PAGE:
Last year, we outlined the submarine capabilities of the Japanese Maritime Self Defense Forces (JMSDF), and we looked at how those subs stack up against those of China’s and North Korea’s navies. In the spirit of logical progression, we shall now take a quick look at the JMSDF’s surface warfare fleet.
JMSDF Command Structure, Organization, and Mission Statement
Adm. Sakai Ryo assumed his position as the Japanese navy’s 35th Chief of Staff in March 2022. Adm. Sakai commands a force of 50,800 personnel, more than 150 ships (of which 36 are submarines), and 346 aircraft. What is interesting in light of the fact that the post-WWII Japanese Self-Defense Forces have always been known for their small size, is that the JMSDF actually became the world’s fourth-largest navy by tonnage in 2000.
The fleet is headquartered at Yokosuka, while the Maritime Staff Office is located in Tokyo. From there, the structure divides into five regional district commands, an air training squadron, and various support units such as training schools — including the prestigious Naval Academy Etajima — and hospitals.
JMSDF’s Mission Statement is broken down into three primary goals:
1) Defend Japan’s territory and surrounding areas;
2) secure the safety of maritime traffic; and
3) create a desirable security environment.
Izumo and Hyūga Helicopter Destroyer/Helicopter Carrier Class
Aircraft carriers in this age are considered capital ships in the same sense that battleships were in days gone by. The closest thing to capital ships that the Japanese navy possesses now are four vessels that are officially designated “helicopter destroyers” but for all practical purposes are helicopter and light-aircraft carriers. First there is the Izumo class, consisting of the JS Izumo (DDH-183) and JS Kaga (DDH-184) – the latter shares the name of one of the four Imperial Japanese Navy carriers sunk during the Battle of Midway in WWII. The vessels were commissioned in March 2015 and March 2017, respectively.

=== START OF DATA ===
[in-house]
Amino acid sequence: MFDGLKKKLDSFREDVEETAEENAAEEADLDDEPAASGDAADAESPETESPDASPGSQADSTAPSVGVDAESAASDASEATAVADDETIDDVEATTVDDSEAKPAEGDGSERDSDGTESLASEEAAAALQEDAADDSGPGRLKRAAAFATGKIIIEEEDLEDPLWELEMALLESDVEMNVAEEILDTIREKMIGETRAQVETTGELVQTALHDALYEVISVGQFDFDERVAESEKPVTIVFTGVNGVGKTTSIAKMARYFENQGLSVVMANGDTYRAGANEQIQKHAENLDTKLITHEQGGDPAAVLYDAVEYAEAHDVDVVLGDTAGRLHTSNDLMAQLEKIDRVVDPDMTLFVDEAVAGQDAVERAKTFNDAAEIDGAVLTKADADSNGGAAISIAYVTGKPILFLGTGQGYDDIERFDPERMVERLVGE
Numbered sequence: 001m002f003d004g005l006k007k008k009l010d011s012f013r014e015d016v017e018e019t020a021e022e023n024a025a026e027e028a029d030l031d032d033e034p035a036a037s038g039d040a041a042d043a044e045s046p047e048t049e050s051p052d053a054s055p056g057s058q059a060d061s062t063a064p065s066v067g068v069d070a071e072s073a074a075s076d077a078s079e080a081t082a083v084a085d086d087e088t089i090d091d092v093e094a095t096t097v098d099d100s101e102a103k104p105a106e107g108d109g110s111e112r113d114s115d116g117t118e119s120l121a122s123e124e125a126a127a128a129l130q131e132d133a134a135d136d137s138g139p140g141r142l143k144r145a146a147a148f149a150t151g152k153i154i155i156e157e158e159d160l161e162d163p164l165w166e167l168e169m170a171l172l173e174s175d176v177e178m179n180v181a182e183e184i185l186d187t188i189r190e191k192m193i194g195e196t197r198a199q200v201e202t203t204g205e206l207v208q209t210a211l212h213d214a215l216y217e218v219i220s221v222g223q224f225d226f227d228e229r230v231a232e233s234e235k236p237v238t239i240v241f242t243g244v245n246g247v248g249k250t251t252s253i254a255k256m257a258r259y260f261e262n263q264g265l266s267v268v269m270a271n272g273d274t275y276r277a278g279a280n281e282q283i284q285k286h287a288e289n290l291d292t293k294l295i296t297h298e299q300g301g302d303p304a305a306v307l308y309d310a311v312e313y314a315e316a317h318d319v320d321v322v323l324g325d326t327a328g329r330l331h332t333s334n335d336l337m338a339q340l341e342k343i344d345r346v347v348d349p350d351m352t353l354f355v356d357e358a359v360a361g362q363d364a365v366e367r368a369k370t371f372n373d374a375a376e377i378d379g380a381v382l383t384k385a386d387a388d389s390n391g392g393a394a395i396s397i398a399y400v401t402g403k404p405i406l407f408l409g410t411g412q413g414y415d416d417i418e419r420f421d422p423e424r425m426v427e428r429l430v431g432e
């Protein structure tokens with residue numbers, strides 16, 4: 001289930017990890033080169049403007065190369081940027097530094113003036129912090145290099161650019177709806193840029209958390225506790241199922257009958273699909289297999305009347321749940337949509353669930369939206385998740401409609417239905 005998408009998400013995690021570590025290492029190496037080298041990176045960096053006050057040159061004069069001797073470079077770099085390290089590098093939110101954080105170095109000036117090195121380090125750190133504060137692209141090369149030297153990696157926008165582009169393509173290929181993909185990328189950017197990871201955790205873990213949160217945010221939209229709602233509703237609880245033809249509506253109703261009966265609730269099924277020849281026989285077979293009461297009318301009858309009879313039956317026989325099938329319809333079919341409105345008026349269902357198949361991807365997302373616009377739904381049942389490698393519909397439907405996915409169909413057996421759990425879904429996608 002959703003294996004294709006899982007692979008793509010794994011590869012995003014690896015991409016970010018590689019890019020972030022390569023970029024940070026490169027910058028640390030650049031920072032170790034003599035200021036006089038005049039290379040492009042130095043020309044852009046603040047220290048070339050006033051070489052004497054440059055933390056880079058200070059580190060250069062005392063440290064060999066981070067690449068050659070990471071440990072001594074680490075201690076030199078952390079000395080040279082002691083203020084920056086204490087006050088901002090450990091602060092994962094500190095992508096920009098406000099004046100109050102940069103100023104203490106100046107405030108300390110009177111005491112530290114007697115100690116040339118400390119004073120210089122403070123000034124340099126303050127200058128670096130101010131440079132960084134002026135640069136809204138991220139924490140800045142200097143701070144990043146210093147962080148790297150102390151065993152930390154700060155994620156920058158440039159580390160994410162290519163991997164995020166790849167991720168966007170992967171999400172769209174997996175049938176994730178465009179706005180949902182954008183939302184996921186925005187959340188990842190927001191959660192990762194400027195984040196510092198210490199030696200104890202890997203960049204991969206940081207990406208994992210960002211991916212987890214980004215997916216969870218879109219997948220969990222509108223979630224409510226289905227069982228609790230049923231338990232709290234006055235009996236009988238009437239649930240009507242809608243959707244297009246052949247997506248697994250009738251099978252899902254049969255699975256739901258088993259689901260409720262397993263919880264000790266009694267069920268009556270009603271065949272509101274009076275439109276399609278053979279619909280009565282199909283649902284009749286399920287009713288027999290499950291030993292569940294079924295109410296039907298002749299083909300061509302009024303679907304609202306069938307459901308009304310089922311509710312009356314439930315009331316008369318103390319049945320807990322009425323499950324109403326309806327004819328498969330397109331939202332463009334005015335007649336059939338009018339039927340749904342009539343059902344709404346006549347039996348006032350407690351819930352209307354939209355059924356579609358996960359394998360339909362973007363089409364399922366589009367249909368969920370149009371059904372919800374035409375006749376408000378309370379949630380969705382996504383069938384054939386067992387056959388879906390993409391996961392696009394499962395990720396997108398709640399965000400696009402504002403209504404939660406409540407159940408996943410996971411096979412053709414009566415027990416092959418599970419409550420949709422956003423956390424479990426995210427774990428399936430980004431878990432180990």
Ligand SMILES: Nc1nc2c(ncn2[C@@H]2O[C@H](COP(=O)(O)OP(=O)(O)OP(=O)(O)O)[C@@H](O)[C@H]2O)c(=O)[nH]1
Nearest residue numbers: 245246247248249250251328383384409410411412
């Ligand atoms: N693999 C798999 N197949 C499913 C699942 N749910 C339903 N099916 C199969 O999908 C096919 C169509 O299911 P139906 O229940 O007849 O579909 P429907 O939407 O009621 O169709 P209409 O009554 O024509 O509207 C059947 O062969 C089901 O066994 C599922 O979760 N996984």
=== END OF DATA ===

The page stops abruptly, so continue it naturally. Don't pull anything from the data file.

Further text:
Then there is the Hyūga class, consisting of the JS Hyūga (DDH-181) and JS Ise (DDH-182), commissioned in March 2009 and March 2011, respectively.
The Hyūgas have a fully laden displacement of 19,000 tons. Hull length is 646 feet, beam width is 108 feet, and draft is 23 feet. Hyūga and Ise host crew complements of 360 and 371. The vessels’ maximum speed is over 30 knots. These ships have a carrying capacity of 18 aircraft, which include Agusta Westland AW101 and SH-60K helicopters.
Meanwhile, the Izumos are the biggest warships in Japan’s fleet since World War II. They displace 26,000 tons at full load. These ships are 813 feet, 8 inches long, 38 feet abeam, and 24 feet, 7 inches in draft, pushing through the waters at maximum speed of 30 knots. Crew complement is 520, including flag staff. Currently the ships carry seven antisubmarine warfare (ASW) helicopters and two search-and-rescue choppers, but reportedly they are being provisioned and converted to host up to 12 fixed-wing F-35s.
For self-defense purposes, both carrier classes carry the Phalanx Close-In Weapon System.
Asahi Destroyer (DDG/DD) Class
The JMSDF hold eight different destroyer classes, but I must limit my analysis to one. The Asahi-class ASW destroyers share their name with my favorite brand of Japanese beer, so Kanpai (Cheers)! The two ships of the class are the JS Asahi (DD-119) and the JS Shiranui (DD-120), commissioned in March 2018 and February 2019.